• Building the “wrong thing”
    The customer doesn’t need what you’ve built by the time you’ve built it
  • Building the “thing wrong”
    What you’ve built is not fit for purpose for the customer due to poor quality, usability, extensibility, etc.) and/or
  • Building the right thing too slowly
    You built the right thing but were too slow to deliver it to the customer to derive value from it due to poor internal process, not working well together, etc.

Note — You can substitute the word “market” for “customer” above, and the same applies.

Where did Scrum originate from?

Modern Scrum is heavily influenced by the Toyota Production System (TPS). This holistic delivery approach (as opposed to the phased model described earlier) started to gain traction in software and other non-manufacturing product development following a 1986 Harvard Business Review article called “The New New Product Development Game”.

Scrum as we now know it (created by Ken Schwaber and Jeff Sutherland) followed just a few years later.

You can read more about the history of Scrum on its Wikipedia page.

Why work in “Sprints”?

Putting aside the questionable name (given the desire for building high quality products at a sustainable pace) — “Sprints” combine two key concepts: time-boxing and short feedback loops.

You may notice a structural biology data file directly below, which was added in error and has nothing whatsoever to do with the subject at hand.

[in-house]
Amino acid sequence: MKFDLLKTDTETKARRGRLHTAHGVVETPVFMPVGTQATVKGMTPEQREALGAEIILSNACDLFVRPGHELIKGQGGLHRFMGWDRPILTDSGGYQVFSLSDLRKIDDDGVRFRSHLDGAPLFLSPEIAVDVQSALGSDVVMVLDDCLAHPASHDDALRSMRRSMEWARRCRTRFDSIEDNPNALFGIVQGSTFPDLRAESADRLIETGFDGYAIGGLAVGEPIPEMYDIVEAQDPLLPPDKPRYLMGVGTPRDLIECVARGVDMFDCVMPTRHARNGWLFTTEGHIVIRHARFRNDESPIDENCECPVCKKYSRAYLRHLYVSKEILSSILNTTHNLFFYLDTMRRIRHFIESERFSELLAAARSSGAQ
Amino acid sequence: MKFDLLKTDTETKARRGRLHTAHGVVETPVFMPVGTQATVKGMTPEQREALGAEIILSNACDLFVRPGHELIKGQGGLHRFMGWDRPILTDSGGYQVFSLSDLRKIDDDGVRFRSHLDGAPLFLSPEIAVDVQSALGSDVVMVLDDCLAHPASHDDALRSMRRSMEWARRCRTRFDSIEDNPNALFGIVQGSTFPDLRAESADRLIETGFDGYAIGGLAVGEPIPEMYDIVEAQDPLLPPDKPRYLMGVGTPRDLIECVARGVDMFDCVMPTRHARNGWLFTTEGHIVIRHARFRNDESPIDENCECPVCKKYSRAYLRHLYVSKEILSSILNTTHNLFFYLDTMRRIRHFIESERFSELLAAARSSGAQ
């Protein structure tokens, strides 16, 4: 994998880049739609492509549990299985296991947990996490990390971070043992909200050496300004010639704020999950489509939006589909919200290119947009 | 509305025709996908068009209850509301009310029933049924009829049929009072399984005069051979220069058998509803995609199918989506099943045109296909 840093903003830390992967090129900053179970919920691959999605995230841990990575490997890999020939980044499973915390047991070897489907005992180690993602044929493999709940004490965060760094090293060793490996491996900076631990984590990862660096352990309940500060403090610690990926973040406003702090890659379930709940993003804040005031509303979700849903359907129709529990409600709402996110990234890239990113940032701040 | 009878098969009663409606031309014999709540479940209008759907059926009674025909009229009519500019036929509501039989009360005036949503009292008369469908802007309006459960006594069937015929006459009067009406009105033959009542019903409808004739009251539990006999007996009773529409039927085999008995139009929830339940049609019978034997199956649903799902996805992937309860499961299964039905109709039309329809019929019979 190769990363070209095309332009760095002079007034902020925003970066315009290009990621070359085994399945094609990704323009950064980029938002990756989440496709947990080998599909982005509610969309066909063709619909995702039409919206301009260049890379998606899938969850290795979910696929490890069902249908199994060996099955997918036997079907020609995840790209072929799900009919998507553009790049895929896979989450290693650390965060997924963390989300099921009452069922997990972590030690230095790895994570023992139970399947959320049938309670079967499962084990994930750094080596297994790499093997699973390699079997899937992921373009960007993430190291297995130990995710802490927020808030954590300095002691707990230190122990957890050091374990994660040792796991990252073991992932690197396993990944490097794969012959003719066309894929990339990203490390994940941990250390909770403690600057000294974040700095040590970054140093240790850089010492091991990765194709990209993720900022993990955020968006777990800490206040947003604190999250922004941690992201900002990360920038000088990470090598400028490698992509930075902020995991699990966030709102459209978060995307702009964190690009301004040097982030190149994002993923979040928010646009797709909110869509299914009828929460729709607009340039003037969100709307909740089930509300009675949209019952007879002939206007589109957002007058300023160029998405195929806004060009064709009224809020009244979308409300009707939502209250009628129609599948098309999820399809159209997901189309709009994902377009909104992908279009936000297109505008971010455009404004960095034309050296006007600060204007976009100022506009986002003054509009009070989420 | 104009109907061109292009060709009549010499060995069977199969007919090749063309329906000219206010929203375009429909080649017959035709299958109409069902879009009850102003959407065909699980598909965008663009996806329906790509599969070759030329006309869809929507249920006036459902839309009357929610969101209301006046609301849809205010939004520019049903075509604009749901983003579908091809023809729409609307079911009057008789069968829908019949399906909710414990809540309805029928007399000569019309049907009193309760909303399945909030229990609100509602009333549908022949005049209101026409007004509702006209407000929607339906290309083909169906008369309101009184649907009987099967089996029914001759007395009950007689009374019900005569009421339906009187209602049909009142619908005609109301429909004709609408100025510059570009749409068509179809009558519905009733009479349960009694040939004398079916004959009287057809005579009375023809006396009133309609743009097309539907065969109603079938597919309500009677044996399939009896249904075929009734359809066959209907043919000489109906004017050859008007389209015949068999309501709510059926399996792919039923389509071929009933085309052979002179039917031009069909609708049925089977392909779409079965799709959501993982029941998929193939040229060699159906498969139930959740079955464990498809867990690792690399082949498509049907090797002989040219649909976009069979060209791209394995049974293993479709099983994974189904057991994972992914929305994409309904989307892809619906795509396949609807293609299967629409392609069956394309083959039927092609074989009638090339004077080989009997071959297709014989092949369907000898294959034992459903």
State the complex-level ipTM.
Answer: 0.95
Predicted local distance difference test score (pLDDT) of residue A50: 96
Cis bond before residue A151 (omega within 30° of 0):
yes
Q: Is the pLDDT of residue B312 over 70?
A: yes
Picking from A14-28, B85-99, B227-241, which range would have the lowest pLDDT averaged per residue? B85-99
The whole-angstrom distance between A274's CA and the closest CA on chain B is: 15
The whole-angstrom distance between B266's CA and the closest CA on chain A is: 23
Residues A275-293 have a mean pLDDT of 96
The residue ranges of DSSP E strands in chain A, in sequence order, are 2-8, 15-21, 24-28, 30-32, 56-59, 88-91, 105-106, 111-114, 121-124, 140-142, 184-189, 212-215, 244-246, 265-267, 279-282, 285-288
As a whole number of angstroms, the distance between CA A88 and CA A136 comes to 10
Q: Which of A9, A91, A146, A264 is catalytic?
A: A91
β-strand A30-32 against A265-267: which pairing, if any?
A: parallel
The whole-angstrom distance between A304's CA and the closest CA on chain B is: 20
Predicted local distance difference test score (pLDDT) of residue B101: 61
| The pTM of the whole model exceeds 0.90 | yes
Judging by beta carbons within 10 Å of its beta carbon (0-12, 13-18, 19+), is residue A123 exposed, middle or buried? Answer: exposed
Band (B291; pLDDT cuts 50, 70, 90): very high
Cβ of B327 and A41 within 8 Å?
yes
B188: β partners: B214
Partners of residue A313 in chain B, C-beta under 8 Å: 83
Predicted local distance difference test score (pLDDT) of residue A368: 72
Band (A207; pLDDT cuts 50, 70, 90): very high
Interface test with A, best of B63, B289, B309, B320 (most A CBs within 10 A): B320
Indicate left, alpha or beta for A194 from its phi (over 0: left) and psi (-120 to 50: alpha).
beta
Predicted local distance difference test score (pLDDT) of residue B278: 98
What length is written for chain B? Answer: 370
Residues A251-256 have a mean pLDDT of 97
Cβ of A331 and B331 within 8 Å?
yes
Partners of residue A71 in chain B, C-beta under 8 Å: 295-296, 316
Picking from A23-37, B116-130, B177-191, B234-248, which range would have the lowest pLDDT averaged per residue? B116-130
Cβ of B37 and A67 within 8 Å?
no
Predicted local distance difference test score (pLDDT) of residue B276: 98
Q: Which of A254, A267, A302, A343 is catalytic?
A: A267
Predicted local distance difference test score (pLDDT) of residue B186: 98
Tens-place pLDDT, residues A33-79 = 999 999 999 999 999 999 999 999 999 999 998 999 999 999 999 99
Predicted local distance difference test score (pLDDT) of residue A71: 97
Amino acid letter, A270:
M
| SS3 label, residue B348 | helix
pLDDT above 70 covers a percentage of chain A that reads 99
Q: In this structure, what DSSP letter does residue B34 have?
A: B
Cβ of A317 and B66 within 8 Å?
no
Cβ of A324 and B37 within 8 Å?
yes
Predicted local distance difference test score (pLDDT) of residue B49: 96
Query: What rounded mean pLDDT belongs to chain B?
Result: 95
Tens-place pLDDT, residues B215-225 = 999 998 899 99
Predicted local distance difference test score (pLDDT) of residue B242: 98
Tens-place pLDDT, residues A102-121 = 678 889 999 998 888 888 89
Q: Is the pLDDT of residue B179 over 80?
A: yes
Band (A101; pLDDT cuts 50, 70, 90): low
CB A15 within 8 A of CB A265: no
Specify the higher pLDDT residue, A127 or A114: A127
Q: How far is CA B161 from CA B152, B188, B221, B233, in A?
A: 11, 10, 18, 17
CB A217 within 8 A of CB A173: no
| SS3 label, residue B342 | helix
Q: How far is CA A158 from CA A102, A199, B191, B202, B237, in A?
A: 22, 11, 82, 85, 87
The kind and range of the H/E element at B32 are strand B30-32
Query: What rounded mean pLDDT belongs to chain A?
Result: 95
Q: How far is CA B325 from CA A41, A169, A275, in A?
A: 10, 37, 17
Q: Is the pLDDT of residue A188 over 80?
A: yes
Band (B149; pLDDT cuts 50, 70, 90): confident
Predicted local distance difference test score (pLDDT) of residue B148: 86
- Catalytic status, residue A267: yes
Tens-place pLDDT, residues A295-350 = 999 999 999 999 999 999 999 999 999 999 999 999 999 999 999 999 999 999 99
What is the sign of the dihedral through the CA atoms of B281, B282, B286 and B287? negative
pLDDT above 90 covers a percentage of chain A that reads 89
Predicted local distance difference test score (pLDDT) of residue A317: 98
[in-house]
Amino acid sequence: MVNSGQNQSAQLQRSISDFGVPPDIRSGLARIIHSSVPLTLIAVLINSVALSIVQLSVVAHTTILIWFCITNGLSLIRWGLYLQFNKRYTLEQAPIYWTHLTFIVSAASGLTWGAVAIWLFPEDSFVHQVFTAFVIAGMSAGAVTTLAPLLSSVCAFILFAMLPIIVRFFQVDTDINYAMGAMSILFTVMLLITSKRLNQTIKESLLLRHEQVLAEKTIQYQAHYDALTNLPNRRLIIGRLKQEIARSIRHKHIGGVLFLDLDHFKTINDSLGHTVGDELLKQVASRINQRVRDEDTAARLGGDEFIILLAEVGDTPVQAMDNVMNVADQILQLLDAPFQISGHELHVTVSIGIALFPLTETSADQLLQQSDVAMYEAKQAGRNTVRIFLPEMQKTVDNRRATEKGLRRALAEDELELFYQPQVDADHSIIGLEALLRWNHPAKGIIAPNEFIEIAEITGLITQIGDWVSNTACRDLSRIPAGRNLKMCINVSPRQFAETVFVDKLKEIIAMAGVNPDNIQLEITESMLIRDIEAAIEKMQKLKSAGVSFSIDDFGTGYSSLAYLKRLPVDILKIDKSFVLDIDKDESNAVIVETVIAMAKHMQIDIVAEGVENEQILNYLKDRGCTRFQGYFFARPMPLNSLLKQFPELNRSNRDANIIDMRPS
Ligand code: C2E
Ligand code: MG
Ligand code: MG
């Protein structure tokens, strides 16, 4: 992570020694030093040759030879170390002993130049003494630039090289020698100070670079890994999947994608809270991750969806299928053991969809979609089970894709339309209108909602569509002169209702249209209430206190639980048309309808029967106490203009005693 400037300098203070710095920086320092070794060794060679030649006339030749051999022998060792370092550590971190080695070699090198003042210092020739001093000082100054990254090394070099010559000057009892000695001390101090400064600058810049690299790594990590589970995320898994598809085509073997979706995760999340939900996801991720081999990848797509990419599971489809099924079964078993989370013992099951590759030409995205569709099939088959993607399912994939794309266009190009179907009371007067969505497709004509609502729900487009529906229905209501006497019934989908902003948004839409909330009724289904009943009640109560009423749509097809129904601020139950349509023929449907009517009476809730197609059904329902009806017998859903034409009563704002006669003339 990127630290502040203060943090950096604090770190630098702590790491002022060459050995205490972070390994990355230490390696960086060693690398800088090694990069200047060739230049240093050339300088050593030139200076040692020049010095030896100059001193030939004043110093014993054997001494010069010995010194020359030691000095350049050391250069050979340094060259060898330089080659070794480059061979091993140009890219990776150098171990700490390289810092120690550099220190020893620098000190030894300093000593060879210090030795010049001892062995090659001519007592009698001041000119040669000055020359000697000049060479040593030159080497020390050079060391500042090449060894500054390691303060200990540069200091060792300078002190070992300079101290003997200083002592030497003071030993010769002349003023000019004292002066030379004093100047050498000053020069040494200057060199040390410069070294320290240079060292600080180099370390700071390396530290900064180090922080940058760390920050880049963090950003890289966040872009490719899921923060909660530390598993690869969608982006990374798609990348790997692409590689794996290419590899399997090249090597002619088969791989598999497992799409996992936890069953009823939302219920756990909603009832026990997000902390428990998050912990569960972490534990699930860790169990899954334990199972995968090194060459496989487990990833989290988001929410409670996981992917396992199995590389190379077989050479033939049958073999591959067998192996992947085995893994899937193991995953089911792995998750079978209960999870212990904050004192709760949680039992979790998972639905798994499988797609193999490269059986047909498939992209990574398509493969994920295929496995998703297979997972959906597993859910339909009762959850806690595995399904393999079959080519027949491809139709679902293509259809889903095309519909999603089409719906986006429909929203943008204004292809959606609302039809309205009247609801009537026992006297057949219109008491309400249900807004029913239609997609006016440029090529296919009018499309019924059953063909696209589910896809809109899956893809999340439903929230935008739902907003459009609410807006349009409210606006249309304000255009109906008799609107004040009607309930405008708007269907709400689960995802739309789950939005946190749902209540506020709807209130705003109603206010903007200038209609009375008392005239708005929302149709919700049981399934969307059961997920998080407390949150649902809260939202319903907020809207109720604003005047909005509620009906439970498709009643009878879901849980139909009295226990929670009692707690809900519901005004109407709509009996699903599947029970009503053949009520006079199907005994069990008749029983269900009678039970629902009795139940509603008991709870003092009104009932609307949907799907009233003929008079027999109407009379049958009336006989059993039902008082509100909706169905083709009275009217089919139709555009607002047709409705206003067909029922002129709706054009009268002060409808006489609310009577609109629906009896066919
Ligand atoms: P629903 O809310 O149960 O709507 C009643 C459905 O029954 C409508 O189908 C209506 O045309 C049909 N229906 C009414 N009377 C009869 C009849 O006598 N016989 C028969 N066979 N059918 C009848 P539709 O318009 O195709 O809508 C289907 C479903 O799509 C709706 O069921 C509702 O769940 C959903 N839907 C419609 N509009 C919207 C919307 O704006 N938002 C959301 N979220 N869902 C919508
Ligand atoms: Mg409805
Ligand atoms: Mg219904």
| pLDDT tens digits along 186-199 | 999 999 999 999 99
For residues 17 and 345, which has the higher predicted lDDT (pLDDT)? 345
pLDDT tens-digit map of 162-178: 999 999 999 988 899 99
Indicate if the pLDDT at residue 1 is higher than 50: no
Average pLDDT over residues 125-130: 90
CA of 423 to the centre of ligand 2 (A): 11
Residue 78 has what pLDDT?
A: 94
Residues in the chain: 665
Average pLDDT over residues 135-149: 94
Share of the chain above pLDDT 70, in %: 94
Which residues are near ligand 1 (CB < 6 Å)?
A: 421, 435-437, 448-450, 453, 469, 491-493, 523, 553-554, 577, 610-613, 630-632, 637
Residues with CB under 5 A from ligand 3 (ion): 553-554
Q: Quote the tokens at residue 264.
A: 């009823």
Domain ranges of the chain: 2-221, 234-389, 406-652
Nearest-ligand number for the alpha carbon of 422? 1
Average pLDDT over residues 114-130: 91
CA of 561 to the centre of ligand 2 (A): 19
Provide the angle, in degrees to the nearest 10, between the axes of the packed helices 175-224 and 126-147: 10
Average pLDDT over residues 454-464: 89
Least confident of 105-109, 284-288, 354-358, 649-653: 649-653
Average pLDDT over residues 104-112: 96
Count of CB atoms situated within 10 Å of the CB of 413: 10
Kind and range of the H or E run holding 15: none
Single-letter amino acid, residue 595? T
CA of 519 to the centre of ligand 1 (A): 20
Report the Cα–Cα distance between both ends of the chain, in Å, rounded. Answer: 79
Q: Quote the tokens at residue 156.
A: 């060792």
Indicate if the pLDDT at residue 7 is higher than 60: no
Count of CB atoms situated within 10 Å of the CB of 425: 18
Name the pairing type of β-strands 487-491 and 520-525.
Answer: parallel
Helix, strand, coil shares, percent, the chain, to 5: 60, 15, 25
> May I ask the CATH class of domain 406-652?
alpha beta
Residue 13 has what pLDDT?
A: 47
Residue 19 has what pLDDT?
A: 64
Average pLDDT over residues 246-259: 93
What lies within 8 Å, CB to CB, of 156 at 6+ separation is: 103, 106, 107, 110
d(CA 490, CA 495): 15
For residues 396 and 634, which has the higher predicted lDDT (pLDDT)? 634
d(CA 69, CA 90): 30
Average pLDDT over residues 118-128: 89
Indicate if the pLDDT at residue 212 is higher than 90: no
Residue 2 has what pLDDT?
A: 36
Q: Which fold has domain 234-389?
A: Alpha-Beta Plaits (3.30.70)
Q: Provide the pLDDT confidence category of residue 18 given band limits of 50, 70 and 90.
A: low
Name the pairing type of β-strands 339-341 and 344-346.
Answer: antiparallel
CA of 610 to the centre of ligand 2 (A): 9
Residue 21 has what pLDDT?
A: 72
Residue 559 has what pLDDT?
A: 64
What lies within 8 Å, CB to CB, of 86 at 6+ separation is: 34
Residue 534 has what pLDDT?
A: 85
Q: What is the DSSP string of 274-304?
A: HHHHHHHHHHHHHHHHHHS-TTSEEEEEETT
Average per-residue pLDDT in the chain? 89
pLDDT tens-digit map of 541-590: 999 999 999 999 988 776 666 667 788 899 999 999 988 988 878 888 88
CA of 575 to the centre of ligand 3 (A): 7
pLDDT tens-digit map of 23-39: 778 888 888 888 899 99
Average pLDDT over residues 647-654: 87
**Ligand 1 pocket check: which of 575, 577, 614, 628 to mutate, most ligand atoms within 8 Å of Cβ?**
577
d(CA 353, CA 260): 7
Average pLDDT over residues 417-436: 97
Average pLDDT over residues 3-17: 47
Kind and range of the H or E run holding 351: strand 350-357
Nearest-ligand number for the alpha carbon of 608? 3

Short (typically 1–2 week) time-boxes can help you:

  • Control schedule, technical and other business risks
  • Optimise predictability
    The longer we spend building elements of a software system without a customer feedback loop, the harder it is to predict (or remember) what we will end up with
  • Create a rhythm of work 
    Folks are synchronised to a cadence, a working heartbeat
  • Be creative in your thinking and approach
    A time (or other type of) constraint forces you to think of and explore options you might have rejected had the constraint not existed — for example, how would you feed your family for a week with just $20?
  • Place an emphasis on creating a useful outcome
    The precise reason for putting a time-box on an activity is that we want to try and achieve an outcome within that timeframe; if we can’t, we haven’t lost anything — we still have the extra time available if we want to use it — but we’ve given ourselves the opportunity to achieve the outcome as quickly and efficiently as possible

You cannot turn back time, but you can always do more stuff if you have more time. By making each time cycle (aka Sprint or Iteration) very short, you have a chance of maximising the value of the overall time you have available. Or, put another way, you are minimising the risk of using more time — or doing more work — than you need to reach an outcome.